Graduation Year

2014

Document Type

Dissertation

Degree

Ph.D

Degree Name

Doctor of Philosophy (Ph.D.)

Degree Granting Department

Molecular Pharmacology and Physiology

Major Professor

Lynn Wecker, Ph.D.

Co-Major Professor

Alison Willing, Ph.D.

Committee Member

Alison Willing, Ph.D.

Committee Member

Keith Pennypacker, Ph.D.

Committee Member

Theresa Zesiewicz, MD, FAAN

Committee Member

Seok Hun Kim, PT, Ph.D.

Committee Member

Laura Lee Swisher, PT, Ph.D.

Keywords

cerebellar ataxia, gait variability, neurodegenerative disease, postural control, sensory ataxia, spatiotemporal gait analysis

Abstract

Friedreich's Ataxia (FA) is an autosomal-recessive, neurodegenerative disease characterized by progressive lower extremity muscle weakness and sensory loss, balance deficits, limb and gait ataxia, and dysarthria. FA is considered a sensory ataxia because the dorsal root ganglia and spinal cord dorsal columns are involved early in the disease, whereas the cerebellum is affected later. Balance deficits and gait ataxia are often evaluated clinically and in research using clinical rating scales. Recently, quantitative tools such as the Biodex Balance System SD and the GAITRite Walkway System have become available to objectively assess balance and gait, respectively. However, there are limited studies using instrumented measures to quantitatively assess and characterize balance and gait disturbances in FA, and longitudinal, quantitative analyses of both balance and gait have not been investigated in this patient cohort. The purpose of the present study was to characterize gait patterns of adults with FA and to identify changes in gait and balance over time using clinical rating scales and quantitative measures. Additionally, this study investigated the relationship between disease duration, clinical rating scale scores and objective measures of gait and balance.

This study used a longitudinal research design to investigate changes in balance and gait in 8 adults with genetically confirmed FA and 8 healthy controls matched for gender, age, height, and weight. Subjects with FA were evaluated using the Berg Balance Scale (BBS), the Friedreich's Ataxia Rating Scale (FARS) and instrumented gait and balance measures at baseline, 6 months, 12 months and 24 months. Controls underwent the same tests at baseline and 12 months. Gait parameters were measured utilizing the GAITRite Walkway system with a focus on gait velocity, cadence, step and stride lengths, step and stride length variability and percent of the gait cycle in swing, stance and double limb support. Balance was assessed using the BBS and the Biodex Balance System; the latter included tests of postural stability and limits of stability.

At baseline, there were significant differences in gait and balance parameters, BBS scores and FARS total scores between FA subjects and controls as determined using paired t-tests (p<0.05). Adults with FA walked slower, showed decreased cadence, took shorter strides, exhibited greater gait variability and spent less time in swing phase and more time in stance phase and double limb support. In addition, subjects with FA exhibited higher postural stability indices and lower limits of stability overall directional control scores (p<0.05). In the control group, with the exception of the limits of stability forward directional control score (p=0.008), no other significant changes in clinical rating scale scores or gait and balance measures were apparent. Using linear mixed effect (LME) modeling, several gait parameters of subjects with FA exhibited a significant linear change from baseline to 24 months including: gait velocity and cadence during comfortable and fast walking, step and stride length during comfortable and fast walking, and step length variability during fast walking (p<0.05). The LME also revealed a significant linear change in BBS scores, in the postural stability overall stability and anterior posterior indices, and in the limits of stability backward directional control scores (p<0.05). Numerous significant correlations were noted between disease duration, BBS scores and FARS total scores and balance and gait parameters. Of particular note was the strong association between clinical rating scale scores, balance parameters and step and stride length variability (p<0.05).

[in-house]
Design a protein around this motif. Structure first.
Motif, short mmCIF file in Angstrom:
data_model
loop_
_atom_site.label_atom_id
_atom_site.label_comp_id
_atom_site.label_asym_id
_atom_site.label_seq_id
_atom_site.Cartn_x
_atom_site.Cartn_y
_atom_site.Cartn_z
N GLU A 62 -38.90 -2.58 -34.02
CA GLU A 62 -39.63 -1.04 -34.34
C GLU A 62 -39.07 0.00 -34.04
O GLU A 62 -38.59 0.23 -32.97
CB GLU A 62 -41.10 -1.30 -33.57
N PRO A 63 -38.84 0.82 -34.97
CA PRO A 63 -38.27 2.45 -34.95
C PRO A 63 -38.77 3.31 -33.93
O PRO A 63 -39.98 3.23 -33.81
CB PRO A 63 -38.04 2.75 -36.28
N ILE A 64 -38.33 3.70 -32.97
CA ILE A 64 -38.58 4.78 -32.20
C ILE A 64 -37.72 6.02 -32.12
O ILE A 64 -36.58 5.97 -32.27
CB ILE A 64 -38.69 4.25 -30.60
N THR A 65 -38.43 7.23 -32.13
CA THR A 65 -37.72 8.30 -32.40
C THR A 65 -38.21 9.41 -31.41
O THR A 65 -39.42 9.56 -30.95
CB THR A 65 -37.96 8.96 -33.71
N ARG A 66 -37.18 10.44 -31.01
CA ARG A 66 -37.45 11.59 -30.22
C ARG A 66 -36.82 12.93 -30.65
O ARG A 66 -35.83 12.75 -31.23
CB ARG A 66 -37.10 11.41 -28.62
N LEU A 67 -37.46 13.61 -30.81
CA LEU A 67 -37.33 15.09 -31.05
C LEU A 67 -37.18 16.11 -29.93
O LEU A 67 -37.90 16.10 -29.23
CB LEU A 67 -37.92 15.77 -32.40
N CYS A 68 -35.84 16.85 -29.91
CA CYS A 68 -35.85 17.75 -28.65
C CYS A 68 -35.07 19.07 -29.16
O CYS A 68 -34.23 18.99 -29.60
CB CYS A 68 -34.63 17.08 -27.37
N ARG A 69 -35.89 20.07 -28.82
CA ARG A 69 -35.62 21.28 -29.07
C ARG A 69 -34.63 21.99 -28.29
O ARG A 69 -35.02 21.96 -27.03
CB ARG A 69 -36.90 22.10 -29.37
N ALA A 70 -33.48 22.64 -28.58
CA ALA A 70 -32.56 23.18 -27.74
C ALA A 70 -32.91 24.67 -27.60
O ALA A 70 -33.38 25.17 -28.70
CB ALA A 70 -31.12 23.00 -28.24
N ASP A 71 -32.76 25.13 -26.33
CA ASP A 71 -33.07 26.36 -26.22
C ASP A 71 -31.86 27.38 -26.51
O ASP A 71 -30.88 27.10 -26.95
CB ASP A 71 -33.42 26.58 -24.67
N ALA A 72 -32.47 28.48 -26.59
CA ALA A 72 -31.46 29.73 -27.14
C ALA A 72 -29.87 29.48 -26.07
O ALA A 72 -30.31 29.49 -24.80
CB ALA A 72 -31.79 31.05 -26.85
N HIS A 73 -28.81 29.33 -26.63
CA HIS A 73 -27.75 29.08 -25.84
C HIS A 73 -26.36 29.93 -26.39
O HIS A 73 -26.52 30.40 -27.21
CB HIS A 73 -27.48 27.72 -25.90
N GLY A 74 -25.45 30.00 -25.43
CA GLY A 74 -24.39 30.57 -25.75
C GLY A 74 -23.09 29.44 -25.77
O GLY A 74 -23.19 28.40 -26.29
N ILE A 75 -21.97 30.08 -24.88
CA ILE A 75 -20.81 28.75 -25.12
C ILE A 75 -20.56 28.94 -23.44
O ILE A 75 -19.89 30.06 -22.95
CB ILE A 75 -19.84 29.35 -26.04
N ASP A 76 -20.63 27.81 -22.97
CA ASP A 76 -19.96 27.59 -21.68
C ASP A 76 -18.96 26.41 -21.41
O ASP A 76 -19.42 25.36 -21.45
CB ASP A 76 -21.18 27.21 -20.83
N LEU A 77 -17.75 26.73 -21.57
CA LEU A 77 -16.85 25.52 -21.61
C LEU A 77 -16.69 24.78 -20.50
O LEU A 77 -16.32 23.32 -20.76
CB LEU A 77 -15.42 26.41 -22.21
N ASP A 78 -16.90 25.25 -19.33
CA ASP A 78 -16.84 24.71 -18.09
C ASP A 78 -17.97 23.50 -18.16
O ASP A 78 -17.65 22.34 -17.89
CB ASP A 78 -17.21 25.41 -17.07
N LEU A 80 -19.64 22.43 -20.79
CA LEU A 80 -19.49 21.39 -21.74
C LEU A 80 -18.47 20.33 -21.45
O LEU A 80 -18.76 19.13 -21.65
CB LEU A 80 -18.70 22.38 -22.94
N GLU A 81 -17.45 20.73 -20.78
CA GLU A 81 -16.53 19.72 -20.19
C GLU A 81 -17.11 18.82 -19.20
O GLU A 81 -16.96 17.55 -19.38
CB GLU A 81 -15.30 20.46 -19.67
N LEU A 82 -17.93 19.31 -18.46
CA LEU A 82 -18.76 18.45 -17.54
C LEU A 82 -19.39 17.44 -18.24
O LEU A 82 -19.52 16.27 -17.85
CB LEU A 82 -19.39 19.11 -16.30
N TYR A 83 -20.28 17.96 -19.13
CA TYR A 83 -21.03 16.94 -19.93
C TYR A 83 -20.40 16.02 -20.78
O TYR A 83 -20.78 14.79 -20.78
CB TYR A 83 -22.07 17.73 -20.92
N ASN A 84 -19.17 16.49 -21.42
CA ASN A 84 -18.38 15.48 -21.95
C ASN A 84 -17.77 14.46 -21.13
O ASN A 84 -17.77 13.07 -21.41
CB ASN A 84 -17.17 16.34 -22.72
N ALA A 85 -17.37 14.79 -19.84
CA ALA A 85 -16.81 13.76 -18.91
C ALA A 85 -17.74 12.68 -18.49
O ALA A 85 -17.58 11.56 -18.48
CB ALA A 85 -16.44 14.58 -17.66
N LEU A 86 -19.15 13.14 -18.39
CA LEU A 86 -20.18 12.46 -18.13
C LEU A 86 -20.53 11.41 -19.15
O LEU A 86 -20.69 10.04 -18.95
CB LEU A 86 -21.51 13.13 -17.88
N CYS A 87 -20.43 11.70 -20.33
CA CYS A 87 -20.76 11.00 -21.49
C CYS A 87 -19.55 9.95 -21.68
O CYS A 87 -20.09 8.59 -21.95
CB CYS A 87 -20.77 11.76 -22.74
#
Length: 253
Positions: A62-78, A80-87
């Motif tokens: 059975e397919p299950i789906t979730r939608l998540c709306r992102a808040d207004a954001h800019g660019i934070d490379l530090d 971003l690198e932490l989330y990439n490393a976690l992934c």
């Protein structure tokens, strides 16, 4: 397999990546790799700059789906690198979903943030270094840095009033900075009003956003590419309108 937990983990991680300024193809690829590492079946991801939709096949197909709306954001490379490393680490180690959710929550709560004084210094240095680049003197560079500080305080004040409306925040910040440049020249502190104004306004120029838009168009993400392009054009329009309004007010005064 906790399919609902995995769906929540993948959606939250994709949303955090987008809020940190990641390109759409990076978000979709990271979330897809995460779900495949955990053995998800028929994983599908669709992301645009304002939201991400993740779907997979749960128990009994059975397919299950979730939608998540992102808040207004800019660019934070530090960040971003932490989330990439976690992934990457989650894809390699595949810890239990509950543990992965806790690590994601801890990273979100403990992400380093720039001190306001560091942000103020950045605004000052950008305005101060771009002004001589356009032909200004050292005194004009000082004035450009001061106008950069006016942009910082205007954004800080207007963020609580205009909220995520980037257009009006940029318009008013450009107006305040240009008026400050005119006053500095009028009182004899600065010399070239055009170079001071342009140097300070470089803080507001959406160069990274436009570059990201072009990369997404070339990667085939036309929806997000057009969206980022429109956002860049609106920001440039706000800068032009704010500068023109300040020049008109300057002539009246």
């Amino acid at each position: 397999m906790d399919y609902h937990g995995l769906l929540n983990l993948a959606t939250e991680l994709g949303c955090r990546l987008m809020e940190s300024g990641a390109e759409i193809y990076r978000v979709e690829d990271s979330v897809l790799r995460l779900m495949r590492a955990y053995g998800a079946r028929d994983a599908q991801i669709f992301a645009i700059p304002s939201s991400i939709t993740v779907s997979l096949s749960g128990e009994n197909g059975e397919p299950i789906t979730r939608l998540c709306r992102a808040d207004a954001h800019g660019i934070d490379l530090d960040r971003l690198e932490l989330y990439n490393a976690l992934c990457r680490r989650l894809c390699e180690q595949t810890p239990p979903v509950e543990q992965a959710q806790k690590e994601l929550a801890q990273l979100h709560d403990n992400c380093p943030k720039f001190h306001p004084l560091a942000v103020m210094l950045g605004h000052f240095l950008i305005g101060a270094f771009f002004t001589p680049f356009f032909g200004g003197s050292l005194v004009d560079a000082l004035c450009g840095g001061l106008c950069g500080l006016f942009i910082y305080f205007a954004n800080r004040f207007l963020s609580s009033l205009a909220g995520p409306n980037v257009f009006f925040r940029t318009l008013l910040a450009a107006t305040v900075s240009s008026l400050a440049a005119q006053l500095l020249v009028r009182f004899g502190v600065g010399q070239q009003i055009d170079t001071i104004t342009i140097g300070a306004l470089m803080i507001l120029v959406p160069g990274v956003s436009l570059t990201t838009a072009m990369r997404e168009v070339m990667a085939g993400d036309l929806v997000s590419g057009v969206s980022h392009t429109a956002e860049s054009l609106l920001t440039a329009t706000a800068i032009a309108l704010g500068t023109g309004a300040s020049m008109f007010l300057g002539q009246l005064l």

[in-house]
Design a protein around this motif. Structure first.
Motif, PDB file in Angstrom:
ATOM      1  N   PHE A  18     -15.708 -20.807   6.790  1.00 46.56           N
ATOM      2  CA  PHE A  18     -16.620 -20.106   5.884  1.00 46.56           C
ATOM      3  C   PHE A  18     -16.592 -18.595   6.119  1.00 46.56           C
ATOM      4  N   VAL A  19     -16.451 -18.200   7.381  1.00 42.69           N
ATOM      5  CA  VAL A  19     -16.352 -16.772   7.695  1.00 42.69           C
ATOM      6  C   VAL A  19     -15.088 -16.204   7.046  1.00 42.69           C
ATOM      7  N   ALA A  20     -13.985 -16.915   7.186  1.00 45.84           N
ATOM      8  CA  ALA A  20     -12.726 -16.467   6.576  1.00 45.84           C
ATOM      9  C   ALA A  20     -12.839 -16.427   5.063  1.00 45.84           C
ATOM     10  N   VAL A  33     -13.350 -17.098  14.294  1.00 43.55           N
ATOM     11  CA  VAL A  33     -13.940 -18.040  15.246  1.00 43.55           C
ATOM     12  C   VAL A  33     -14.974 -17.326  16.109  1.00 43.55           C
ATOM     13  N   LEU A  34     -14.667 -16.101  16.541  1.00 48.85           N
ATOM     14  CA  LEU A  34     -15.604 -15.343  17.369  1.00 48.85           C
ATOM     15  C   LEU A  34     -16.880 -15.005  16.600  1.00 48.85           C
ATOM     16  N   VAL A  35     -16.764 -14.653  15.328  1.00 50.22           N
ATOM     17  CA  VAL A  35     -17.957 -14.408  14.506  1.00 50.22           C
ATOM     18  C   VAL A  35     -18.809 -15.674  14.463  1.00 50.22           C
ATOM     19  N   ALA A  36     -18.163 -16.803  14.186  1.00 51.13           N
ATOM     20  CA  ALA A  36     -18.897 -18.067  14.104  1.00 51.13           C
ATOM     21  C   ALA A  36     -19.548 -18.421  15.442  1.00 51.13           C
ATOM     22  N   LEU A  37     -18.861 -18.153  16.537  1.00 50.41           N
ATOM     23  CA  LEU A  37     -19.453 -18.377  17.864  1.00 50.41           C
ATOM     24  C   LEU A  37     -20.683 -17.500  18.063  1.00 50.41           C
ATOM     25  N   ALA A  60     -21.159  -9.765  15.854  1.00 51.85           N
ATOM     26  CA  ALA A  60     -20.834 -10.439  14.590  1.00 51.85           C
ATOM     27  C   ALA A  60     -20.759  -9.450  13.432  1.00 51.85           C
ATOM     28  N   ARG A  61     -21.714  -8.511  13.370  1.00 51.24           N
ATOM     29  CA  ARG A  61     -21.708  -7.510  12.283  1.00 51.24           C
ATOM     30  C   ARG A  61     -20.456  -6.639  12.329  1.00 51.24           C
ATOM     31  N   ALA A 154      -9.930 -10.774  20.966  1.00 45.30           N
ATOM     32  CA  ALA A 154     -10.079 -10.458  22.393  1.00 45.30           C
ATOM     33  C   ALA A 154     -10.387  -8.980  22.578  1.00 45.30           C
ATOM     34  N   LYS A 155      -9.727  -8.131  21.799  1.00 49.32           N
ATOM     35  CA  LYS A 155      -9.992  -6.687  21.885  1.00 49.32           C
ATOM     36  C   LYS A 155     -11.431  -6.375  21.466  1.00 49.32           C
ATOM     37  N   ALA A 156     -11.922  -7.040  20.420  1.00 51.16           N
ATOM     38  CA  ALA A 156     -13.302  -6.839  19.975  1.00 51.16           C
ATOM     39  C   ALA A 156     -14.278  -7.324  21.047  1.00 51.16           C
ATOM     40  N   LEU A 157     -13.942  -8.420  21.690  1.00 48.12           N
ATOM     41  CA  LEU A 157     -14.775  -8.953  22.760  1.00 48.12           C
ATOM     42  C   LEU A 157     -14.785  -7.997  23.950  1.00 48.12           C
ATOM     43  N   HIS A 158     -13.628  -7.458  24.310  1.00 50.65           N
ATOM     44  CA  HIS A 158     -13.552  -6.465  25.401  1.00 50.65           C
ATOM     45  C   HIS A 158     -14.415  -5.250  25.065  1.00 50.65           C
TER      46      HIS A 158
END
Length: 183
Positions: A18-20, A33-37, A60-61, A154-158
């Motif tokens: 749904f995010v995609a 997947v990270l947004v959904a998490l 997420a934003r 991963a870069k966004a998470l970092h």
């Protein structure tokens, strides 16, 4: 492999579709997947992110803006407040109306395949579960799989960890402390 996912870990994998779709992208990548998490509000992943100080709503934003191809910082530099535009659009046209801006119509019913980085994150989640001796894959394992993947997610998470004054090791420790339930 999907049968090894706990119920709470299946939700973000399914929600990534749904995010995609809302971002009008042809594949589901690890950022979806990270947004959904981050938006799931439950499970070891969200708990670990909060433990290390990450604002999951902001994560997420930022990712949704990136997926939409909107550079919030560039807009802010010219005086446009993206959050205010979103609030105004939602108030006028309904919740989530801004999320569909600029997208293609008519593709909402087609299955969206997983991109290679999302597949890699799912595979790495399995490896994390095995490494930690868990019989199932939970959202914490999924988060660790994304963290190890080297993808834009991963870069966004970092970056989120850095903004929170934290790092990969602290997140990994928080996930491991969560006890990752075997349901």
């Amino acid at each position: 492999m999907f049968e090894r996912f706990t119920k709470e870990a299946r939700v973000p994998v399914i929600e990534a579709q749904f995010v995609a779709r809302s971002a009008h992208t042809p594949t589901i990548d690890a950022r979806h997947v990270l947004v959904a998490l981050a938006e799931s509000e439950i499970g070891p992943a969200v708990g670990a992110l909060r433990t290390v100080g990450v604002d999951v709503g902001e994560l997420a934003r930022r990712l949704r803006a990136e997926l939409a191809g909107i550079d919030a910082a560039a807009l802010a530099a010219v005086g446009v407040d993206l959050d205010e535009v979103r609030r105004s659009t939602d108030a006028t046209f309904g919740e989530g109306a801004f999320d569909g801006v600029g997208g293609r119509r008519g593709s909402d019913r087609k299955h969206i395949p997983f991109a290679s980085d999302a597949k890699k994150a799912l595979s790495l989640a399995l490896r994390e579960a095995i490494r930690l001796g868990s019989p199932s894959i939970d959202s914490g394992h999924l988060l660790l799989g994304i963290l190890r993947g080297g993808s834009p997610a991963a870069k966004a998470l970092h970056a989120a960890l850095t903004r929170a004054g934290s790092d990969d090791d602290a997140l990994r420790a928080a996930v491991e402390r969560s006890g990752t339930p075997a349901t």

This is the first longitudinal study to demonstrate changes over time in gait and balance of adults with FA using both quantitative measures and clinical rating scales. This study provided a detailed characterization of the gait pattern and balance of adults with FA. The GAITRite Walkway system proved to be a sensitive measure, and able to detect subtle changes in gait parameters over time in adults with FA. In addition, the BBS was an appropriate and sensitive assessment to detect changes in static and dynamic balance in this patient cohort. Finally, results revealed a strong and consistent relationship between clinical rating scale scores, postural stability indices, limits of stability scores, and step and stride length variability in individuals with FA.

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